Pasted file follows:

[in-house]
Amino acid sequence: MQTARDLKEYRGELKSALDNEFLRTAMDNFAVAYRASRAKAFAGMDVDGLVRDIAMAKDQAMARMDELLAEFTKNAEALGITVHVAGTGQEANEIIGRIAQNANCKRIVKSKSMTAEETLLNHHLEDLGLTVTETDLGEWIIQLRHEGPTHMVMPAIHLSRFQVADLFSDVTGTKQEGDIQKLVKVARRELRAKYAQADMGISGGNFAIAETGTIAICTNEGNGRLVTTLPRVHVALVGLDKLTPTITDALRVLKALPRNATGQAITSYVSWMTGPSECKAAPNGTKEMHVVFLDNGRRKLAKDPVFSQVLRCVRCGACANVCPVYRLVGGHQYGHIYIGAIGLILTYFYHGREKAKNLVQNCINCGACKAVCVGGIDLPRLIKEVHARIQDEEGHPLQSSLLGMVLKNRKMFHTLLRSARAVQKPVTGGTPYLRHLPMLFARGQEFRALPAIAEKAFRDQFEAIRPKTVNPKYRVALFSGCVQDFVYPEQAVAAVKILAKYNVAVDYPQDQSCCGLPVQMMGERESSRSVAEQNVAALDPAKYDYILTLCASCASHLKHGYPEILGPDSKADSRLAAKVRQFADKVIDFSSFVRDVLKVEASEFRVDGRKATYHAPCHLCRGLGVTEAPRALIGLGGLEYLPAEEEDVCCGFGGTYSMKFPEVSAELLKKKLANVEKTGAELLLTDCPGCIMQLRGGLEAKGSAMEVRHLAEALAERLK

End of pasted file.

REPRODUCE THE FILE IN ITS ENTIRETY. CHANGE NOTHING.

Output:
[in-house]
Amino acid sequence: MQTARDLKEYRGELKSALDNEFLRTAMDNFAVAYRASRAKAFAGMDVDGLVRDIAMAKDQAMARMDELLAEFTKNAEALGITVHVAGTGQEANEIIGRIAQNANCKRIVKSKSMTAEETLLNHHLEDLGLTVTETDLGEWIIQLRHEGPTHMVMPAIHLSRFQVADLFSDVTGTKQEGDIQKLVKVARRELRAKYAQADMGISGGNFAIAETGTIAICTNEGNGRLVTTLPRVHVALVGLDKLTPTITDALRVLKALPRNATGQAITSYVSWMTGPSECKAAPNGTKEMHVVFLDNGRRKLAKDPVFSQVLRCVRCGACANVCPVYRLVGGHQYGHIYIGAIGLILTYFYHGREKAKNLVQNCINCGACKAVCVGGIDLPRLIKEVHARIQDEEGHPLQSSLLGMVLKNRKMFHTLLRSARAVQKPVTGGTPYLRHLPMLFARGQEFRALPAIAEKAFRDQFEAIRPKTVNPKYRVALFSGCVQDFVYPEQAVAAVKILAKYNVAVDYPQDQSCCGLPVQMMGERESSRSVAEQNVAALDPAKYDYILTLCASCASHLKHGYPEILGPDSKADSRLAAKVRQFADKVIDFSSFVRDVLKVEASEFRVDGRKATYHAPCHLCRGLGVTEAPRALIGLGGLEYLPAEEEDVCCGFGGTYSMKFPEVSAELLKKKLANVEKTGAELLLTDCPGCIMQLRGGLEAKGSAMEVRHLAEALAERLK